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Thread: Lamination

  1. #1
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    Jul 2019
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    ..........
    Last edited by Dougbias; 10-02-2019 at 12:21 PM.

  2. #2
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    May 2015
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    Whatever looks prettiest.

  3. #3
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    Aug 2018
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    Australia.
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    A few random points to consider:
    I should declare that my first and only foray into laminating was using bought veneers and resulted in a very heavy guitar back that, although it looked the part, was not used and eventually binned.
    Most plies for plywood and veneers for wood laminates are knifed from circular logs along their circumference, and so are 'quartersawn' by default.
    If the layers of a laminate are thin enough and the outer layers are quartersawn it is very difficult to pick laminates from solid wood unless the end grain is visible, so for backs (and sides) if bound, there are no visible clues.
    Flatsawn laminates can show some very interesting and attractive grain patterns in circular and “S” shaped swirls. To me, this looks a bit unnatural or at least, non-traditional.
    For ukulele, if you intend to do dished backs you can get away with pretty well anything as long as your bonding technique is sound.
    Their is a heap of information on internet forum pages and YouTube on guitar wood laminating.
    I think, that arguably, this technique has more merit for larger bodied instruments than it has for ukulele.(Personal preference only).
    The main benefit is that you end up with a super-strong one piece back that many believe sounds superior.

  4. #4
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    1/4 sawn is preferable in every way, although i've used flat sawn inners in poplar and walnut.

    Brazilian rosewood veneer would be the exception.

  5. #5
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    Stockton on Tees..North East UK.
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    Quote Originally Posted by Beau Hannam Ukuleles View Post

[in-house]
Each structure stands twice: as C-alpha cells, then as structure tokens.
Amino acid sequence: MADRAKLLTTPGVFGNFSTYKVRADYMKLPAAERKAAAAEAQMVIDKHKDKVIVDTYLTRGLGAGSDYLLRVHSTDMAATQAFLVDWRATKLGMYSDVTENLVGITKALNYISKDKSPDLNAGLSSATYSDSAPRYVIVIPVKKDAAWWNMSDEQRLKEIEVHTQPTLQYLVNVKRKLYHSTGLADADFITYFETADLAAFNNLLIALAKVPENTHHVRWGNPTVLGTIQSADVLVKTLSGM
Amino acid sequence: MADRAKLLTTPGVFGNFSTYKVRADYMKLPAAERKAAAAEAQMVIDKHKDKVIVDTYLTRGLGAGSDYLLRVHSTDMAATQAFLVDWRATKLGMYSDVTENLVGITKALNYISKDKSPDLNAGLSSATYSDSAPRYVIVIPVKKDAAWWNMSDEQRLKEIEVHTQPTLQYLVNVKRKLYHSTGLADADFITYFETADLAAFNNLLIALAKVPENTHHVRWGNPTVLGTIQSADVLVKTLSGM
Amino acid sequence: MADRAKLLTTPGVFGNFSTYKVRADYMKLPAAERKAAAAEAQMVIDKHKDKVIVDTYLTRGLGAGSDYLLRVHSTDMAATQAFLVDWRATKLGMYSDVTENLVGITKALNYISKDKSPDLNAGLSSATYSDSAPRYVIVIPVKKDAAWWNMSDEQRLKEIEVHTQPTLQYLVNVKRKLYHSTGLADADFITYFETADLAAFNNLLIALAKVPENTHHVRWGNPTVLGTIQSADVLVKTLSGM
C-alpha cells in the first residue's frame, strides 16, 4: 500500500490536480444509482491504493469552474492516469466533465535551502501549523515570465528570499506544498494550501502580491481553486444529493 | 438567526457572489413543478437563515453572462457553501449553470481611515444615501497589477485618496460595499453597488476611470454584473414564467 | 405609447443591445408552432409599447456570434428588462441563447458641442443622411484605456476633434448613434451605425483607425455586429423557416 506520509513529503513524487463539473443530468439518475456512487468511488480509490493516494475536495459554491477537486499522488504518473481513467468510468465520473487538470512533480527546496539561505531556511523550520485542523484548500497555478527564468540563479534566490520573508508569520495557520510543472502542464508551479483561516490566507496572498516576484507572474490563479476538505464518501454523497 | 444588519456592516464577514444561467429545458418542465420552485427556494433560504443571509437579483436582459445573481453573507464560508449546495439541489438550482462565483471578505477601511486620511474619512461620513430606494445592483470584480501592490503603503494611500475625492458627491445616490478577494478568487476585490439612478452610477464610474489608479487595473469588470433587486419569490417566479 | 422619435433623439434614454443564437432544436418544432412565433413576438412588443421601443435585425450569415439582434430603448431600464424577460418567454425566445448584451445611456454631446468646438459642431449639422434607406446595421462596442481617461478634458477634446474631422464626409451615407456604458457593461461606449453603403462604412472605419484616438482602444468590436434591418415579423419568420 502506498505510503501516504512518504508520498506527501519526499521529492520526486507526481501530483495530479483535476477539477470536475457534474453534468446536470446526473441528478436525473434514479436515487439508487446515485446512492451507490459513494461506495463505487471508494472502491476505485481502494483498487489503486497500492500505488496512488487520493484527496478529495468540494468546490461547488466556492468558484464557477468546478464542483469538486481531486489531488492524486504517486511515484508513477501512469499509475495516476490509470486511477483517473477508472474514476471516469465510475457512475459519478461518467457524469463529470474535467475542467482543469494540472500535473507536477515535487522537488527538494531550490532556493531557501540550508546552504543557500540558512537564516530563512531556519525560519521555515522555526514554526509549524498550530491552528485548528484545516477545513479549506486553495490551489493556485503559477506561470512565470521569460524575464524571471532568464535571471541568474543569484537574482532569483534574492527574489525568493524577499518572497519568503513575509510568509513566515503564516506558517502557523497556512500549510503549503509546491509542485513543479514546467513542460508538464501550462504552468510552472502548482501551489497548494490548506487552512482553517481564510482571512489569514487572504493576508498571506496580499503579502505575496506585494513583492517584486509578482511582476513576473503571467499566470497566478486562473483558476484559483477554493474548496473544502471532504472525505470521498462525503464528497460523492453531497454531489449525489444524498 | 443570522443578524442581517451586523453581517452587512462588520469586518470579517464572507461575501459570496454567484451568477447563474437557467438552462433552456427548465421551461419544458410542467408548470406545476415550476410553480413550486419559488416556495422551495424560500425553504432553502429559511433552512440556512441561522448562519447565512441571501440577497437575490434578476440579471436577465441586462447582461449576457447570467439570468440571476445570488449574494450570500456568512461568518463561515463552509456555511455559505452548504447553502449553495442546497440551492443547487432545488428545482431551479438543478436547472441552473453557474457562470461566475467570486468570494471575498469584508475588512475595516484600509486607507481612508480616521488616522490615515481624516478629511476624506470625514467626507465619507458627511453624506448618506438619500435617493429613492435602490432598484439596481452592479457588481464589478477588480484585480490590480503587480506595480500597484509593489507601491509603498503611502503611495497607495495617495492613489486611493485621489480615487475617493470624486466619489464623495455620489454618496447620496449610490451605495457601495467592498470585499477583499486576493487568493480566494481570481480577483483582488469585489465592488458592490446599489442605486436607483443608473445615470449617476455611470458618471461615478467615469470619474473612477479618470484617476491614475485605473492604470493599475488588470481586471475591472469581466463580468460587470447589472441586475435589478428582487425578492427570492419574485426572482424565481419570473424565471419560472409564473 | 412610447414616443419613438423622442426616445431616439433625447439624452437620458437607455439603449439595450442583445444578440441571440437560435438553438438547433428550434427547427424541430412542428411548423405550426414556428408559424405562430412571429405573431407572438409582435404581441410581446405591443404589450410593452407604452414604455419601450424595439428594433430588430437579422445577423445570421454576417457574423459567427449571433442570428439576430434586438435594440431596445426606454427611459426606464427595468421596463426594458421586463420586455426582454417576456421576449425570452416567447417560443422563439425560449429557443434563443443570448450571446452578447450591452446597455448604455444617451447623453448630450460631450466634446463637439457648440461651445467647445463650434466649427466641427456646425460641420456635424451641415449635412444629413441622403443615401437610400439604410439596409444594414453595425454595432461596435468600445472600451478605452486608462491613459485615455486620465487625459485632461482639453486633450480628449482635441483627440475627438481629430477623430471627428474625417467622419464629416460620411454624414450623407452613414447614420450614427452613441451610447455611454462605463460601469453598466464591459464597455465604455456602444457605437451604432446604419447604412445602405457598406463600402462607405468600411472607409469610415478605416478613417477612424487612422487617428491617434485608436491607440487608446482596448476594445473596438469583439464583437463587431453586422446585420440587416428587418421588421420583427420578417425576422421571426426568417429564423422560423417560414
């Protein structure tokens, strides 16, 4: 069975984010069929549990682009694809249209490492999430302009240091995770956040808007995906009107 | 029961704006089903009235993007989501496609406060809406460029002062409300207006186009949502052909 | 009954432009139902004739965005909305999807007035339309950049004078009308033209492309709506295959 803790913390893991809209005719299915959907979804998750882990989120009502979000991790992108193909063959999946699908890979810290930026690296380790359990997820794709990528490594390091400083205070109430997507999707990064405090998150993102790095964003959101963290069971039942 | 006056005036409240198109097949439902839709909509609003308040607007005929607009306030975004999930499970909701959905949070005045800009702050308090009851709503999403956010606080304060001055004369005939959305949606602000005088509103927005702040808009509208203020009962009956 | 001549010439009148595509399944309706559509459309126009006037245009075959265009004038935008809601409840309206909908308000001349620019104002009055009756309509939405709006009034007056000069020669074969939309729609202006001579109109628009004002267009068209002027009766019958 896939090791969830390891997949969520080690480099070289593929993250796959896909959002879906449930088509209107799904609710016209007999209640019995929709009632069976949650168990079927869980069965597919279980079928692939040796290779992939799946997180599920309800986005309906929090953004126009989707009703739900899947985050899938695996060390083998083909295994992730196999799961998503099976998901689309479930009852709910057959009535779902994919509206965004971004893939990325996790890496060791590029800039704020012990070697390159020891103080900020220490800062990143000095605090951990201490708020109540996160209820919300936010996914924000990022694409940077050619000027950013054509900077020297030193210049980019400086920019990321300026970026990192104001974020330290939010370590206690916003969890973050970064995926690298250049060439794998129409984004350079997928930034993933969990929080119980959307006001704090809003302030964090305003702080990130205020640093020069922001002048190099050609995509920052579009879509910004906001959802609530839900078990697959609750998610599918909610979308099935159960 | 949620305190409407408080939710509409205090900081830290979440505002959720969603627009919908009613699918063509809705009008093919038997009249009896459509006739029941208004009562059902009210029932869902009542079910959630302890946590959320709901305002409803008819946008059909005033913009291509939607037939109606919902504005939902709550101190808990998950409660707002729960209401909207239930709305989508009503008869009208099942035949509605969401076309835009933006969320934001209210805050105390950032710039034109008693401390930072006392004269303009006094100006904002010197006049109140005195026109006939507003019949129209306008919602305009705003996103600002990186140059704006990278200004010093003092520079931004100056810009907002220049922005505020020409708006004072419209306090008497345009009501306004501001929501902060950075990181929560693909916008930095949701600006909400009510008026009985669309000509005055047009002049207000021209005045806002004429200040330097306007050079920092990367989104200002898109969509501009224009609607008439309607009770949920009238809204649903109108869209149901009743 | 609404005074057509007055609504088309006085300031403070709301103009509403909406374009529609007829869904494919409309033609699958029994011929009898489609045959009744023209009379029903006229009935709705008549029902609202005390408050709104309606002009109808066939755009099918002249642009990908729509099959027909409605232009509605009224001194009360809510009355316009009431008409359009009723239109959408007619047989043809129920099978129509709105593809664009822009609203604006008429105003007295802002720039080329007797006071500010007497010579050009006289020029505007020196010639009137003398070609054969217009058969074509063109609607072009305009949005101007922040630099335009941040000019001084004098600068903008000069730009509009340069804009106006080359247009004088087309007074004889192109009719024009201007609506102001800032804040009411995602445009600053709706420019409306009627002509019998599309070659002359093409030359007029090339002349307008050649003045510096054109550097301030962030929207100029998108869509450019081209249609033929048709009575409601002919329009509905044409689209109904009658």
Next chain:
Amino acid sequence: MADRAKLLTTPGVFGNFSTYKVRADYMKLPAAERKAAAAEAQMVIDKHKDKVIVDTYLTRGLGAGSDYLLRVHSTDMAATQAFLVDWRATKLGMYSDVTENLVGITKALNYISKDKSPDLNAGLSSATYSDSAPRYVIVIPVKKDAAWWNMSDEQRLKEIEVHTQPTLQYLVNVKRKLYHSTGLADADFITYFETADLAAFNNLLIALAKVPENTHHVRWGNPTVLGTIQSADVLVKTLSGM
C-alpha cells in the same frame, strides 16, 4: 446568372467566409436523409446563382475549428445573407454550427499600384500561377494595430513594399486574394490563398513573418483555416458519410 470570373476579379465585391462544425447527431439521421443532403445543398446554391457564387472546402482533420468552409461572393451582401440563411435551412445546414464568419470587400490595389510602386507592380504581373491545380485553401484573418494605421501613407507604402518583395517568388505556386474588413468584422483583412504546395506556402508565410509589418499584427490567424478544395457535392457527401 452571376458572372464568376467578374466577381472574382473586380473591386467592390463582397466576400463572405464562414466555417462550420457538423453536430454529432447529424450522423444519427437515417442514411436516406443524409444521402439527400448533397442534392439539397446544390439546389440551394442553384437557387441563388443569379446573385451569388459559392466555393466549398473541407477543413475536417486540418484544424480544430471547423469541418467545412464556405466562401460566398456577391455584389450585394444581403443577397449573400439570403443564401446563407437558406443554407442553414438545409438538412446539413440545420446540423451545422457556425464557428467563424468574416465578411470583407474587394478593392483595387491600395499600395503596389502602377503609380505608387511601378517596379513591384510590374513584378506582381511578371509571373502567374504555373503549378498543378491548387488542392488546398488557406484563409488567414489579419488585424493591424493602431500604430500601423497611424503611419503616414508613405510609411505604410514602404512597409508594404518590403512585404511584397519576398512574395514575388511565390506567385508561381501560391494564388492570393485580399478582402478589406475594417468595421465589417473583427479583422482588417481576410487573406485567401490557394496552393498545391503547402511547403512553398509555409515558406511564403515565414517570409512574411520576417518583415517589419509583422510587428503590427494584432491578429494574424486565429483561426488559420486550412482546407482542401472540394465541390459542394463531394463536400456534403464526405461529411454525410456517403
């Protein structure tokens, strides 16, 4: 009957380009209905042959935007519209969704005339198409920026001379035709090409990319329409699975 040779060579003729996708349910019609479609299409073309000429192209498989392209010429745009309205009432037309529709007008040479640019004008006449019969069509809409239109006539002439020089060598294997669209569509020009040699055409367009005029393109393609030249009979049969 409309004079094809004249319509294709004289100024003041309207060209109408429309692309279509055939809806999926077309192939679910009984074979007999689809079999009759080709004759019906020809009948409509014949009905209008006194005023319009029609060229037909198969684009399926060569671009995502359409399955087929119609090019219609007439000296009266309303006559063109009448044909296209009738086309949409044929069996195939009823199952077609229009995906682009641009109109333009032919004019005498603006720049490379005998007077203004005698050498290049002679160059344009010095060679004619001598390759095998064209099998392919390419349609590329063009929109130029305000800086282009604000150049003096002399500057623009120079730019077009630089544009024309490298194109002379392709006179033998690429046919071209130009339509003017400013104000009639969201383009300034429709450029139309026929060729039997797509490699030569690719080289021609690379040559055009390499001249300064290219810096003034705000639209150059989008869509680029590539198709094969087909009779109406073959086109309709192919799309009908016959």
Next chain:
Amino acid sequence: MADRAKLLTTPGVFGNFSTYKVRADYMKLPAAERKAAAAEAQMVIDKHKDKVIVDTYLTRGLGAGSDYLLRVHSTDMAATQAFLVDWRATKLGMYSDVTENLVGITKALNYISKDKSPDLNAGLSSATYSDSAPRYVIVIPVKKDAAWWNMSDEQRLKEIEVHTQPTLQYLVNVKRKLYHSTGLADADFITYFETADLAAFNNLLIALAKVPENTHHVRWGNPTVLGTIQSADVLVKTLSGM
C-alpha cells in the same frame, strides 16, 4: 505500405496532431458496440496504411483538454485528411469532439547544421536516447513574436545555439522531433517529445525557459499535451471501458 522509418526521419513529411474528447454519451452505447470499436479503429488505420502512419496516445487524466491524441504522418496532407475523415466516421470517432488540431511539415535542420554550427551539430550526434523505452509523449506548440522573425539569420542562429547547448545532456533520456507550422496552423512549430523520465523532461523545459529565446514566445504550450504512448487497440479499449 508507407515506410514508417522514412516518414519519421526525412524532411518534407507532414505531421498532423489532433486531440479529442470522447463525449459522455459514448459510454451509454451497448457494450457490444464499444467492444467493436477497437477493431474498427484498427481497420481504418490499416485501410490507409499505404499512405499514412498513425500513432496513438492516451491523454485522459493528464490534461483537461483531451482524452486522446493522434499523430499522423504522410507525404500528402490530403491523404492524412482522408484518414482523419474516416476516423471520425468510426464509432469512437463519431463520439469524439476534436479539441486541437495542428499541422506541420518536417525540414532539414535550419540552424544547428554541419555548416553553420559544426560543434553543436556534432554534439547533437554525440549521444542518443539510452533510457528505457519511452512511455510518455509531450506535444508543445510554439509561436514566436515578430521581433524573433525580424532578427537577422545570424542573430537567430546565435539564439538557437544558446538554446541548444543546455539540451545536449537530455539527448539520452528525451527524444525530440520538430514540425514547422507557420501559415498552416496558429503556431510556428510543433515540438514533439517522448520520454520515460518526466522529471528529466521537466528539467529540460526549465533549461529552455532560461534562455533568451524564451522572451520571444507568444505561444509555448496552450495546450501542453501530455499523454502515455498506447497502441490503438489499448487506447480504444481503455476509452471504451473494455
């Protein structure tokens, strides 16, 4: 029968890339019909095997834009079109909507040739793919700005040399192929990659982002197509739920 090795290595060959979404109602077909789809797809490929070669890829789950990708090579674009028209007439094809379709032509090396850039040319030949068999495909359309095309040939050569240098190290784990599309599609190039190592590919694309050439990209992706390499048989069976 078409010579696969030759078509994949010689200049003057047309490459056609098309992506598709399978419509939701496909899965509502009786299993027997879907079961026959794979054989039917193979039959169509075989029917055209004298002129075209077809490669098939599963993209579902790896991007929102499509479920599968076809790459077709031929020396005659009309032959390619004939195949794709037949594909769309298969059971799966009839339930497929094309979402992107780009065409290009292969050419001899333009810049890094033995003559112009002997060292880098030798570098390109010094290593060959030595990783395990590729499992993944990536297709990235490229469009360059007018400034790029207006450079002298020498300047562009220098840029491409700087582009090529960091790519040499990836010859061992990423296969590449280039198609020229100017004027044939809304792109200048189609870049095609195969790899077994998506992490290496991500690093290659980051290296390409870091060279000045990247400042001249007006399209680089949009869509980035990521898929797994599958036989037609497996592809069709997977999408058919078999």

1/4 sawn is preferable in every way, although i've used flat sawn inners in poplar and walnut.

    Brazilian rosewood veneer would be the exception.
    I always thought laminated ukes were the cheap ones made from plywood...Before I started making e'm , I once bought a Lanikai Tenor it was advertised as Flame Maple it looked beautiful but it didnt play too well it's tone sucked and the volume was weak it was all veneers back front and sides (Posh plywood) Just my thoughts..I accept that there are some great sounding veneered instruments out there but that one wasn't one of e'm.
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  6. #6
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    Quote Originally Posted by Timbuck View Post
    I always thought laminated ukes were the cheap ones made from plywood...Before I started making e'm , I once bought a Lanikai Tenor it was advertised as Flame Maple it looked beautiful but it didnt play too well it's tone sucked and the volume was weak it was all veneers back front and sides (Posh plywood) Just my thoughts..I accept that there are some great sounding veneered instruments out there but that one wasn't one of e'm.
    ~ Laminate sides are very, very common now in the high end guitar world (as in, $35,000 guitars, ie Somogyi). I laminate all my uke and guitar sides with solid tone wood- Some do it with thin ply- it makes no difference to sound (between solid wood and ply) in regard to sides which are made this way to be inert and very stiff- THAT contributes to sound.
    ~ Laminated backs not so common although I just did two.
    ~ Laminated tops aren't good in a factory setting but can be made good in a luthiers hands- I laminate my curly redwood tops for stability but the overall thickness remains the same- so no thickness is added, just stability.

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